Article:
For further helpful reflections on this issue as it is currently impacting those in the Reformed community, see Ligon Duncan’s thoughts on “Complementarianism and the Conservative Reformed Community” at this post on the Reformation 21 blog.

HT: David Shedden.

Saturday, June 03, 2006


“Beautimous”: is this a word? I found it on Steve McCoy’s Reformissionary: Wi-Chi. I like it. I can even envisage its use: “Is that not beautimous?” But what does it mean exactly? Overwhelmingly beautiful? Or what?


In the recent arrest of 12 men and 5 youths planning terrorist activities here in Canada (see this CTV report here), Luc Portelance of the Canadian Security Intelligence Service (CSIS) commented: “It is important to note that this operation in no way reflects negatively on any specific community or ethno-cultural group in Canada. Terrorism is a dangerous ideology and a global phenomenon. As yesterday’s arrests confirm, Canada is not immune from this ideology.”

This is interesting, for in the list of names released on the report, all of them are clearly Muslim. I am convinced that it would be a despicable act of utter folly and downright racism to argue that this means all people of Muslim descent in this country are potential terrorists. After all, my own birth-name was Azad Michael Anthony Hakim and my forebears were Kurdish Muslims from Kirkuk, Iraq. I endured enough racist slurs as a young boy growing up in England and Canada in the 1960s to know the error and personal pain of such racial stereotyping.

On the other hand, this surely does mean that threats to our country’s safety are more likely to come from this community than from among immigrants from Brazil, say, or Thailand. And it would be equal folly for we who love Canada to think that she would be immune from the struggle that has engulfed other Western nations like Britain, Australia, Spain, and the U.S.A. I suspect we have thought that because the hatred of many in this world has been directed against America, we will get off scot-free, since we are clear that we are not Americans, but Canadians. But the distinctions that we love to make between ourselves and our friends to the south is completely lost in the eyes of many who are filled with loathing for all things Western. As our Prime Minister, Stephen Harper, emphasized: “We are a target because of who we are, how we live, our society, our diversity and our values—values such as freedom, democracy and the rule of law—the values that make Canada great.” (By the way, what a joy to have such a man as our Prime Minister!)

In these dangerous times, though, we who have a commitment to Christ have another responsibility above and beyond love of country: love of Christ and concern that his Kingdom embrace men and women of every clime and tongue. This is a Kingdom that is not of this world and cannot be brought in by the clash of arms or weapons of human destruction. It is by gospel proclamation, words of witness, deeds of love and Christian community—and above all the grace of the Holy Spirit’s converting power—that this Kingdom moves forward. And we must never forget that among the people for whom our Lord Jesus died are those who today call upon Allah. And there is coming a great day when they will cast this idol to the winds, the bats and the moles, and be converted and worship the Lord Christ.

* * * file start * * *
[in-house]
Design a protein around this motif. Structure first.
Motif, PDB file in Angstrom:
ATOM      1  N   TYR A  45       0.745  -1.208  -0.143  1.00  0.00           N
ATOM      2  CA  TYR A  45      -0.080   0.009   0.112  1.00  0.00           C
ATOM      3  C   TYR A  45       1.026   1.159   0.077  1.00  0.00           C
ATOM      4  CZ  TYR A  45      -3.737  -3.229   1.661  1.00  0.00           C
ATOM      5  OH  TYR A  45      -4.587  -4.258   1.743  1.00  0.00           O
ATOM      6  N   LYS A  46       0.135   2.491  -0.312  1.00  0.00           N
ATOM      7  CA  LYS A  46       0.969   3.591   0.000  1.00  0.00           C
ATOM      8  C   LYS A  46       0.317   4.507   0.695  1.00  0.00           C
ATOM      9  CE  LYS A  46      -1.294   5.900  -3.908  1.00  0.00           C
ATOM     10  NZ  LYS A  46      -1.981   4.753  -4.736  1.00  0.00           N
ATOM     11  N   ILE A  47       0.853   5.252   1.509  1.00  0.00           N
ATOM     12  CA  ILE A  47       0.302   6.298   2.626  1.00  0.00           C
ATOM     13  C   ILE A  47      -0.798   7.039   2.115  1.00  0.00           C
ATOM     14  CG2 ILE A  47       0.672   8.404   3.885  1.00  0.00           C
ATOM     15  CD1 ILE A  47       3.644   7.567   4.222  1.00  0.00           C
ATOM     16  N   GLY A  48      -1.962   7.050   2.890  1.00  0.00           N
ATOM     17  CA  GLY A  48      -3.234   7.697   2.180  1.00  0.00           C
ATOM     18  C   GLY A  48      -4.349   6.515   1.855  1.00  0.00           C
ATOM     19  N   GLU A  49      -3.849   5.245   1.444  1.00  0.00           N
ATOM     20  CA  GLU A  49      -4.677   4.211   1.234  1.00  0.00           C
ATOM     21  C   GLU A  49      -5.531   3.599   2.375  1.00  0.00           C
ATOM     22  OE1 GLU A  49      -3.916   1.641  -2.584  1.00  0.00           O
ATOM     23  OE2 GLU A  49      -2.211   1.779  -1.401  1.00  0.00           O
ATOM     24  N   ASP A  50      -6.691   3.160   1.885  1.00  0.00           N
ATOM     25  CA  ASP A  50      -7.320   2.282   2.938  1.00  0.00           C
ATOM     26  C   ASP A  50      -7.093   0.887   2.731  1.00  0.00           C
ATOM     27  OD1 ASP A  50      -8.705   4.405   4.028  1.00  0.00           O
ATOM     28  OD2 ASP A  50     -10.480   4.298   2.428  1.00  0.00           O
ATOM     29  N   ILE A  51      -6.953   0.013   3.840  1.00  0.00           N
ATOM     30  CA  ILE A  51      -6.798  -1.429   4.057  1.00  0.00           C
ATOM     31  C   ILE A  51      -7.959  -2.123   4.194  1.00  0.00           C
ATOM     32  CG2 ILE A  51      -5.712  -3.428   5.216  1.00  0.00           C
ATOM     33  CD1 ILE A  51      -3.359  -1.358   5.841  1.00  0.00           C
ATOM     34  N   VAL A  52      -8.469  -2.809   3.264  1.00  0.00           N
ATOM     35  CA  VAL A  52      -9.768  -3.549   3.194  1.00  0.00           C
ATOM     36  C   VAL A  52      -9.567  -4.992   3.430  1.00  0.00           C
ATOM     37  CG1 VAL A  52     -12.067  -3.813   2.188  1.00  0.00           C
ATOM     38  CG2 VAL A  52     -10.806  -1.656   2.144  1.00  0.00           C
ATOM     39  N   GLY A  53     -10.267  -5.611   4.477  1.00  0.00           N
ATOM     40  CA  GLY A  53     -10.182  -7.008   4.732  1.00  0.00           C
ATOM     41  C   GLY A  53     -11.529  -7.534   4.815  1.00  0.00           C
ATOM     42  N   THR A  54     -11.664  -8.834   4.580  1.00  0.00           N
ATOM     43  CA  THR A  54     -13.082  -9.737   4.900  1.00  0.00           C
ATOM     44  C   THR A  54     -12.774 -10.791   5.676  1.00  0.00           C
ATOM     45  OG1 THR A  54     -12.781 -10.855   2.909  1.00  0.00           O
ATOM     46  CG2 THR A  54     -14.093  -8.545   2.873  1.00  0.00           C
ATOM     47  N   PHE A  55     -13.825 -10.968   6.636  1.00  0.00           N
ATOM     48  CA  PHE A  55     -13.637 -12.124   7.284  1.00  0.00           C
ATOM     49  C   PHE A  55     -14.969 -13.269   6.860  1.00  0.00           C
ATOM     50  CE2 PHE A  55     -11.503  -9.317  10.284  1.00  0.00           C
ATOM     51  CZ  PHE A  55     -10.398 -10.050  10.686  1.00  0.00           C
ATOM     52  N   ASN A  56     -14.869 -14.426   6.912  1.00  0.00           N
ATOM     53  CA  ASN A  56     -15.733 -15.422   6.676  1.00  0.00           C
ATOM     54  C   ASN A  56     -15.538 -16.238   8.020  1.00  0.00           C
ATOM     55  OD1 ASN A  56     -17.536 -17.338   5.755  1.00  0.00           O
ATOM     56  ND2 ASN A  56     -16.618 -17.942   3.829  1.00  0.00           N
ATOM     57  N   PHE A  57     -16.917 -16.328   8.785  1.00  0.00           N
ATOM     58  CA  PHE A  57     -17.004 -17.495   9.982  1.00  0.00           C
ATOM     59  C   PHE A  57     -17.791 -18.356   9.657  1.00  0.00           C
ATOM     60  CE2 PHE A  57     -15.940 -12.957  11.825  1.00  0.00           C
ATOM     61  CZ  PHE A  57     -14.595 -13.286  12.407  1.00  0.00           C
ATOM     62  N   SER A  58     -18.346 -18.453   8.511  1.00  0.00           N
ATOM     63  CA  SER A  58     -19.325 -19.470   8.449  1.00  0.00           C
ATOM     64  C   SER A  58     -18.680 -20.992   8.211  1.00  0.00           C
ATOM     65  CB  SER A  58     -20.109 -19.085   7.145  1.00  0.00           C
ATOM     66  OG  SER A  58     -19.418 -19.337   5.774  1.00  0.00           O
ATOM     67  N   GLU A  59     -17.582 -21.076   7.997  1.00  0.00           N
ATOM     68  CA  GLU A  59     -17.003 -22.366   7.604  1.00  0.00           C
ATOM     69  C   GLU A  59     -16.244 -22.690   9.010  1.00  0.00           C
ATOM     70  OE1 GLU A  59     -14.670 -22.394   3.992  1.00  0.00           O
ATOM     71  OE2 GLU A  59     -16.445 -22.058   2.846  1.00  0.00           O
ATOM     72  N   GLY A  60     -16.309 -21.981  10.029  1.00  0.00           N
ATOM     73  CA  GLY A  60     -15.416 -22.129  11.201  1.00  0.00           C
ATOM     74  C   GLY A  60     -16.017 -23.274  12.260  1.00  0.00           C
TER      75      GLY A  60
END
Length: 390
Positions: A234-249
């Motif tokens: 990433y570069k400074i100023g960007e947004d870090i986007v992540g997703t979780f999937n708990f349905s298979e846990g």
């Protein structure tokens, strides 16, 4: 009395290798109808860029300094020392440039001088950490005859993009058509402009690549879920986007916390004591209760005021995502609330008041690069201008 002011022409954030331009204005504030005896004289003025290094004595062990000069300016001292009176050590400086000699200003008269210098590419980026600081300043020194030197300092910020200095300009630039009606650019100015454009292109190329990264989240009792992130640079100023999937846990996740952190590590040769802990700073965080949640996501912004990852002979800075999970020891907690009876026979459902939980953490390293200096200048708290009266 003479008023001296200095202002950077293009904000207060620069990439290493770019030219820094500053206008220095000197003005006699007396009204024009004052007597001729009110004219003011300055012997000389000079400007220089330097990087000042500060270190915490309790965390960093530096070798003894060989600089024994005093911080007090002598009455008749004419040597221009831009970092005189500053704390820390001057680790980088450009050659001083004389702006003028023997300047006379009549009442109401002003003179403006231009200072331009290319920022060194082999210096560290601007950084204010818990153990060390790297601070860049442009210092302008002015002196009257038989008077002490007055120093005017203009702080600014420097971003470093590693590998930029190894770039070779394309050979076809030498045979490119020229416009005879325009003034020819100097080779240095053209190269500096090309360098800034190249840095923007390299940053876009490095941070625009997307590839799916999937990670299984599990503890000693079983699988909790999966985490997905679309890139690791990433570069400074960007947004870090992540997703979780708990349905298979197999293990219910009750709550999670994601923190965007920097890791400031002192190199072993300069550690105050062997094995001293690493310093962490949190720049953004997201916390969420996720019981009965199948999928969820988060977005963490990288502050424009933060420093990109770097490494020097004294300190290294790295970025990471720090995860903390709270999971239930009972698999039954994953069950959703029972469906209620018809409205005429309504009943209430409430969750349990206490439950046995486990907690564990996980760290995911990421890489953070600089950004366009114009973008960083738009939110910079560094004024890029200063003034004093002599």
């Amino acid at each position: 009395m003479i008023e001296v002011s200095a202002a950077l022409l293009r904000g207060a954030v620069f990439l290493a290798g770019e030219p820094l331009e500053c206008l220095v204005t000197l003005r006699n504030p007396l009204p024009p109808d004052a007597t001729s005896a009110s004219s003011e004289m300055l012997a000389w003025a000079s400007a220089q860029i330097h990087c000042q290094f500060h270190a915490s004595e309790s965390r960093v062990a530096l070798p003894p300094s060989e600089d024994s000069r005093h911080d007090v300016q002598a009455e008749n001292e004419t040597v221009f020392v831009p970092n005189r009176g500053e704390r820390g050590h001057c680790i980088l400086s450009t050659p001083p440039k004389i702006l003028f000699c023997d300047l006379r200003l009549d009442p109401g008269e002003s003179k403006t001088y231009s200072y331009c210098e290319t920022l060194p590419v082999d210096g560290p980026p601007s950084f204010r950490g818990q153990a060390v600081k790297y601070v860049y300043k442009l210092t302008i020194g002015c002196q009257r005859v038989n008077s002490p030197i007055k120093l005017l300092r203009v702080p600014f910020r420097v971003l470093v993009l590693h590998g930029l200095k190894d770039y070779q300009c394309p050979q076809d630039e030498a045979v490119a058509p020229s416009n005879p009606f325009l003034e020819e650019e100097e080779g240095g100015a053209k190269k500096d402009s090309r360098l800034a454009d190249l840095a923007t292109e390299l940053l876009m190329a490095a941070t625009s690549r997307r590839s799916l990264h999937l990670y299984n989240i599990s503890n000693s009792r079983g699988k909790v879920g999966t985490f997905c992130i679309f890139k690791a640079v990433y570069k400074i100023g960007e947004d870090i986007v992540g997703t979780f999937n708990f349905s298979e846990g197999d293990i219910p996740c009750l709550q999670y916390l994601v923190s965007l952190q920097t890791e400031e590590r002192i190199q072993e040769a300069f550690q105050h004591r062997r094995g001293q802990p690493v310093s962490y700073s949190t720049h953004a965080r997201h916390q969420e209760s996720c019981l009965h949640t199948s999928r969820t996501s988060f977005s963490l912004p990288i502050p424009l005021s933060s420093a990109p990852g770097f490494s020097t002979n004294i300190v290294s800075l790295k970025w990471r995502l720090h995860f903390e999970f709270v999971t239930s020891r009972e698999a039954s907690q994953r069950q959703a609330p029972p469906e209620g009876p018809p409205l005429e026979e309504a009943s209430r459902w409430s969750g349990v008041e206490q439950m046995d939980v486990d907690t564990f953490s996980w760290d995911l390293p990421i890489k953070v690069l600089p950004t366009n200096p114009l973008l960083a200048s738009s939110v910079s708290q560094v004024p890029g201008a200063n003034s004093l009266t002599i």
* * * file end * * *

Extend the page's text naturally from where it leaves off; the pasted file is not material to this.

God, hasten the day!

HT: Paul W. Martin.


One of the great challenges to contemporary Evangelicalism is the mentalité that divorces piety from learning. Yet, it’s not a new problem. It was, for example, during a trip that Samuel Davies (1723-1761), a Presbyterian minister from Virginia, made in September 1753 to Great Britain on what would turn out to be an arduous, though highly successful, fund-raising expedition for the then-fledgling College of New Jersey (later to be renamed Princeton University) that he encountered Baptist disdain for learning. He was gone for a total of eighteen months, and met quite a number of key British evangelicals and churchmen, among them the leading Baptist theologian of the era, John Gill (1697-1771). He paid a visit to Gill on January 30, 1754, and found him, in his description, “a serious, grave little Man.” Gill was quite willing to lend his support to the College, but he told Davies not to expect much from the English Baptists as a whole: “in general,” he said, the Baptists “were unhappily ignorant of the Importance of learning.”

Being a convinced Baptist I am happy that there have been a goodly number in the Baptist tradition who have successfully married what Gill called “the importance of Learning” with vital piety—Gill himself being a good example. But there have been, and still are, far too many Baptists whose thinking on this subject is that of those whom Gill knew and of which he was rightly critical.

But it is not simply Baptists who exhibit this problem. Gill’s Evangelical contemporary, Jonathan Edwards (1703-1758), without doubt the most important theologian from the eighteenth century, was fond of emphasizing that genuine spiritual affections are “not heat without light.” In his thinking, genuine Christianity entails both spirituality and reason. Trust in the Scriptures as the supreme authority when it comes to truth and error does not entail, for Edwards, the casting aside of the use of one’s mind. And it is noteworthy that, in contrast to much of later American Evangelicalism that emphasized the “religion of the heart” over theological reflection, Edwards was firmly committed to an “affectionate knowledge” that avoided both “an anti-intellectual enthusiasm” as well as “an unfeeling rationalism.” In particular, Conrad Cherry has rightly argued, Edwards, “unlike the revivalists of a later America,…avoided the sanctimonious conclusion that religious intuition is sufficient unto itself and that theology is a waste of time.” [“Imagery and Analysis: Jonathan Edwards on Revivals of Religion” in Charles Angoff, ed., Jonathan Edwards: His Life and Influence (Cranbury, New Jersey/London: Associated University Presses, 1975), 19-21].